ConfigMgr SP1 provides support for Unified Extensible Firmware Interface (UEFI) systems. I won’t go into detail about what UEFI is, but it is basically a replacement for the legacy BIOS interface used by older hardware (if you want to know more, read about it on the Unified EFI Forum website or Wikipedia). All hardware that has been certified for Windows 8 will come with UEFI. What’s important to note is that BIOS and UEFI have different disk partitioning requirements. Each of the partition disk steps shown above has a condition based on a new task sequence variable _SMSTSBootUEFI. The task sequence engine will detect at runtime whether the system is running in BIOS mode or UEFI mode and will set this variable accordingly, to ensure only the appropriate step runs.
After you’ve either captured your reference image or imported the install.wim from Windows 8, you’re ready to create the task sequence that will apply your image to a target system and tailor it to the user’s needs. As you step through the create task sequence wizard, you’ll notice a new option to configure the task sequence for use with BitLocker. If selected, the resulting task sequence will contain steps to disable BitLocker on the existing OS, pre-provision BitLocker while in Windows PE if a Trusted Platform Module (TPM) is available, and enable BitLocker protectors after the new OS has been installed and configured.
The new Pre-provision BitLocker step allows you to enable BitLocker while still in Windows PE, telling Windows to only encrypt the used space while the drive is nearly empty, which greatly reduces the amount of time required to encrypt the disk. Note: You may need to do some work to enable your TPM in Windows PE. Otherwise, if the TPM is unavailable, the BitLocker pre-provisioning step will be skipped.
The other new enhancement related to BitLocker in ConfigMgr SP1 is the availability of TPM and PIN as one of the key management options.
You can use the task sequence action variable OSDBitLockerPIN to provide a unique PIN for each computer. For example, you might create a custom HTA to run as a prestart command that prompts the user for a PIN and then assigns it to that variable.
Continuing through the create task sequence wizard, you’ll notice the ConfigMgr client package and USMT package are already selected for you. Both of these packages were created for you by Setup when you installed or upgraded your top-level site server. One nice addition related to USMT in ConfigMgr SP1 is the ability to use hard linking, which saves time by not having to copy data files around.
Upon completion of the wizard, you’ll want to edit the resulting task sequence to add all of your customization, like installing packages/applications. In the editor, you’ll notice two partition disk steps (one for BIOS and one for UEFI), just like in the build and capture task sequence. As mentioned in the previous section, these steps will be run conditionally based on whether the computer is booted in BIOS mode or UEFI mode.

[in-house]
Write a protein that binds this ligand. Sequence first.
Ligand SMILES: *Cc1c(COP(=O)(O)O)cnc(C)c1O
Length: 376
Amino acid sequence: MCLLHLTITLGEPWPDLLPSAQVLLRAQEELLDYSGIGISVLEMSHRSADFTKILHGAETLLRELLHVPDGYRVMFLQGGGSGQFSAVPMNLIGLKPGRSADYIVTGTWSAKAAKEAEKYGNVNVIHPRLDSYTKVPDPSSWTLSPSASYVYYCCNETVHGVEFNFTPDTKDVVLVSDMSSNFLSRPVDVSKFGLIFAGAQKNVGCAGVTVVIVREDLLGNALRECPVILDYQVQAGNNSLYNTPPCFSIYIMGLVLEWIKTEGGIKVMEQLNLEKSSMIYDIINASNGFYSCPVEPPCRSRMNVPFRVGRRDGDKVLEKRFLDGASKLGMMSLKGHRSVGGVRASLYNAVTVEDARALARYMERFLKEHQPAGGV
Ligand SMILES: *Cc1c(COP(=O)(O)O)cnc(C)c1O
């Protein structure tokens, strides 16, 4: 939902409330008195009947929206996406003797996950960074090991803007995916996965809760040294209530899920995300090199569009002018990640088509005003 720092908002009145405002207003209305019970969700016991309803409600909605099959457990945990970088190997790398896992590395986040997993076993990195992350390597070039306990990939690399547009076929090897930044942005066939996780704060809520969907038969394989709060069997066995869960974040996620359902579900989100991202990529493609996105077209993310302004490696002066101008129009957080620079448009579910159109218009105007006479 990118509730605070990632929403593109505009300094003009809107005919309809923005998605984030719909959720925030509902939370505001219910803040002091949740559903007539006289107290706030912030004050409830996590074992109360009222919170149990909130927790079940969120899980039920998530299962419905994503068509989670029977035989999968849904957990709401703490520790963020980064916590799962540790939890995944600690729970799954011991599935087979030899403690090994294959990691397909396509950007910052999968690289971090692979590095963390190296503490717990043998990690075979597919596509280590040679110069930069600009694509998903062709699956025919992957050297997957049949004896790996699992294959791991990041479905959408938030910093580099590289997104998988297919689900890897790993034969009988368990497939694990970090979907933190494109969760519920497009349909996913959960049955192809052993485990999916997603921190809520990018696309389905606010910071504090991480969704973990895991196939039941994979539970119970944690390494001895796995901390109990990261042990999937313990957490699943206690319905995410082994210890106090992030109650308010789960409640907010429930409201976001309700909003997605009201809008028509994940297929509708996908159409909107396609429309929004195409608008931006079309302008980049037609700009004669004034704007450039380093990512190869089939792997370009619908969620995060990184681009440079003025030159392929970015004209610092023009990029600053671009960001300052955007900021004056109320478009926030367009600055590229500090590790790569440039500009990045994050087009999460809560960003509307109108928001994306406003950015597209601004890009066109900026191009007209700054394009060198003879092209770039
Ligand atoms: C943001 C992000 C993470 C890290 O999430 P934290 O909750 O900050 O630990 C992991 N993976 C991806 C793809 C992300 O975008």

So, your boot images are ready to go, and you’ve got your reference image and your task sequence just the way you want them. Now what? Well, it’s time to deploy your task sequence, of course! This part hasn’t really changed much except for two things. You still want to select your task sequence and “Distribute Content” to make sure all the necessary content is available on your distribution points. And you still walk through the deployment wizard to specify which clients will receive the deployment. However, you’ll notice some new options available on the Deployment Settings page of the wizard.
You can choose whether you want to make the deployment available to ConfigMgr clients only, media and PXE only, or both. The “hidden” option allows you to make a task sequence available in Windows PE that doesn’t show up in the selection list. You can select that deployment by setting the variable SMSTSPreferredAdvertID as part of a prestart command.
The other thing that has changed with regard to deployment is the prestaged media option. Prestaged media allows you to create a WIM file from your task sequence so you can provide that to your OEM to be prestaged on new computers as you buy them. In the past, you could only include the operating system image in the prestaged media file, and all other content had to be downloaded from a distribution point at runtime. Now, you have the ability to specify applications, packages, and driver packages to be included on the media.
And since content and even the task sequence itself can change more frequently than you can update your prestaged media, the task sequence will check the local task sequence cache to see if the latest content is available, and if something has changed, it will pull what it needs from the distribution point.
Well, that turned out to be a bit longer than I had originally hoped, so thanks for sticking with me. While I didn’t cover every change we made in OSD for ConfigMgr SP1, I think I touched on most of them. And most importantly, what I want to emphasize is that deploying Windows 8 is not that different from deploying Windows 7. All of these new things I’ve laid out are not drastic changes to the way you deploy Windows. They are simply some “new friends” to help make your life easier or to take advantage of some new features in Windows 8.
System Center Configuration Manager